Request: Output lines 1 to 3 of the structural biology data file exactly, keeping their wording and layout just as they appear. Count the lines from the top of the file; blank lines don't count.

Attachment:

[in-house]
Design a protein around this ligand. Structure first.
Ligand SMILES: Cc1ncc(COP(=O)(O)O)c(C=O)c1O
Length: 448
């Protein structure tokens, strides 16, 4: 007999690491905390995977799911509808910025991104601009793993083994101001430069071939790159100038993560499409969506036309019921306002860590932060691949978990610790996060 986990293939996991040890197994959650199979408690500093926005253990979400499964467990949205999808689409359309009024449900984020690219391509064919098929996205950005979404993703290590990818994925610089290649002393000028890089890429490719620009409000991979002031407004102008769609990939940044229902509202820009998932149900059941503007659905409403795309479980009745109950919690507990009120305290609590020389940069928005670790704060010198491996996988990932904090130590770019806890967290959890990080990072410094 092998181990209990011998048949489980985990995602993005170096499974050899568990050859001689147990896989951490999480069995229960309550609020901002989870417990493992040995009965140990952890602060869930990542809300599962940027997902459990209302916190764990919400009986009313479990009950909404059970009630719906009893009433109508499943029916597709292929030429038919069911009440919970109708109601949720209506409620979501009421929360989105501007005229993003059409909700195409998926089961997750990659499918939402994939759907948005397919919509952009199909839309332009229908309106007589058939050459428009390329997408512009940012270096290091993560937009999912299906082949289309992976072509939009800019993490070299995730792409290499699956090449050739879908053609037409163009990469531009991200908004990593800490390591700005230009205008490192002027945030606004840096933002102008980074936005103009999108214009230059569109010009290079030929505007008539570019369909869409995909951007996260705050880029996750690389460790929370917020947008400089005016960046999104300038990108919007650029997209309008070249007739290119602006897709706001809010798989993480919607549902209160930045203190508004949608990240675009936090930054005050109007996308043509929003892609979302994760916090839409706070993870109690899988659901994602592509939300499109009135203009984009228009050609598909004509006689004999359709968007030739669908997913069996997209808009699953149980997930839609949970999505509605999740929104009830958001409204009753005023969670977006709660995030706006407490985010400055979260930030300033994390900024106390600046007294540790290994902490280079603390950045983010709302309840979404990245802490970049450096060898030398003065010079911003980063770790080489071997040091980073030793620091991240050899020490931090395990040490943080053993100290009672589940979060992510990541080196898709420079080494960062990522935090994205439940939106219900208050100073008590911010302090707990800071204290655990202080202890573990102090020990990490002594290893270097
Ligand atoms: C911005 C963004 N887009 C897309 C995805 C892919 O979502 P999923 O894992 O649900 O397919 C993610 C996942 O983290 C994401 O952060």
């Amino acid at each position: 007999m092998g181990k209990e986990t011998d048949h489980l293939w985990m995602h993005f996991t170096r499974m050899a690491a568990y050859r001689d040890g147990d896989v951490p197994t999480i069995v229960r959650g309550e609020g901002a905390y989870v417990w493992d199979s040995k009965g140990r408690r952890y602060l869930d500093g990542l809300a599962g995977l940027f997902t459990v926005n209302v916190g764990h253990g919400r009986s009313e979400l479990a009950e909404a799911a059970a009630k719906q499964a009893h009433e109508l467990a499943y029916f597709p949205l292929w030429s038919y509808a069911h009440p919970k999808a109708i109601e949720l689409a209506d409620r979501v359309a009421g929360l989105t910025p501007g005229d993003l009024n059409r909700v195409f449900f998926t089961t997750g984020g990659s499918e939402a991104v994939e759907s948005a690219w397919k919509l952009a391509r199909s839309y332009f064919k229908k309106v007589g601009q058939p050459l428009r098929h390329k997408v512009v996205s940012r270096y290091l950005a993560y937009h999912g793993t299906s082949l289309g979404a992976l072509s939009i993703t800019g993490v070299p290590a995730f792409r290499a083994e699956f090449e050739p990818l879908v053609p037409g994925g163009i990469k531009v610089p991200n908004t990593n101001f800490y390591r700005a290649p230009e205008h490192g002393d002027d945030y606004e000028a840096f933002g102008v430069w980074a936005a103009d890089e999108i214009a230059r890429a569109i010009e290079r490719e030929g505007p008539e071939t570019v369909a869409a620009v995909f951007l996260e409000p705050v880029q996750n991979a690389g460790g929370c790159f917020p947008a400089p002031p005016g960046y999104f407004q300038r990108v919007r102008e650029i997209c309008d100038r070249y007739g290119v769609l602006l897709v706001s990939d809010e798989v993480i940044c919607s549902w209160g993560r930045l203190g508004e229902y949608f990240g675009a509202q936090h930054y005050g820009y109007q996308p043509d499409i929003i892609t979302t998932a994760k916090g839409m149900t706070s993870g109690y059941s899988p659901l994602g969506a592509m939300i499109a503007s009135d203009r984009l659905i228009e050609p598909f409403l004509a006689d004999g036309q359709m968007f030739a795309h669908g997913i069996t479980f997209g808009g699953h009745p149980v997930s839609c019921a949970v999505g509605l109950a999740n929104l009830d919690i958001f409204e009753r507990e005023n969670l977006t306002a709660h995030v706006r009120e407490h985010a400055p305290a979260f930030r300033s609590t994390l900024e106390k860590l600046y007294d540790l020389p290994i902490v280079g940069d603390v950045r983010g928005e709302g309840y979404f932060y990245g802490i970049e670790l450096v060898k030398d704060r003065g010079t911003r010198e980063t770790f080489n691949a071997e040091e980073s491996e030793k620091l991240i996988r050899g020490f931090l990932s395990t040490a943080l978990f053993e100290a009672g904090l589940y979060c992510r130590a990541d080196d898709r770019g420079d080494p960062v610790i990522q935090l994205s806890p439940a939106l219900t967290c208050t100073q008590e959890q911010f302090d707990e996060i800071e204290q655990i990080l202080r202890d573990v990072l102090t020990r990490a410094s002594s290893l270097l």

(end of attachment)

[in-house]
Design a protein around this ligand. Structure first.
Ligand SMILES: Cc1ncc(COP(=O)(O)O)c(C=O)c1O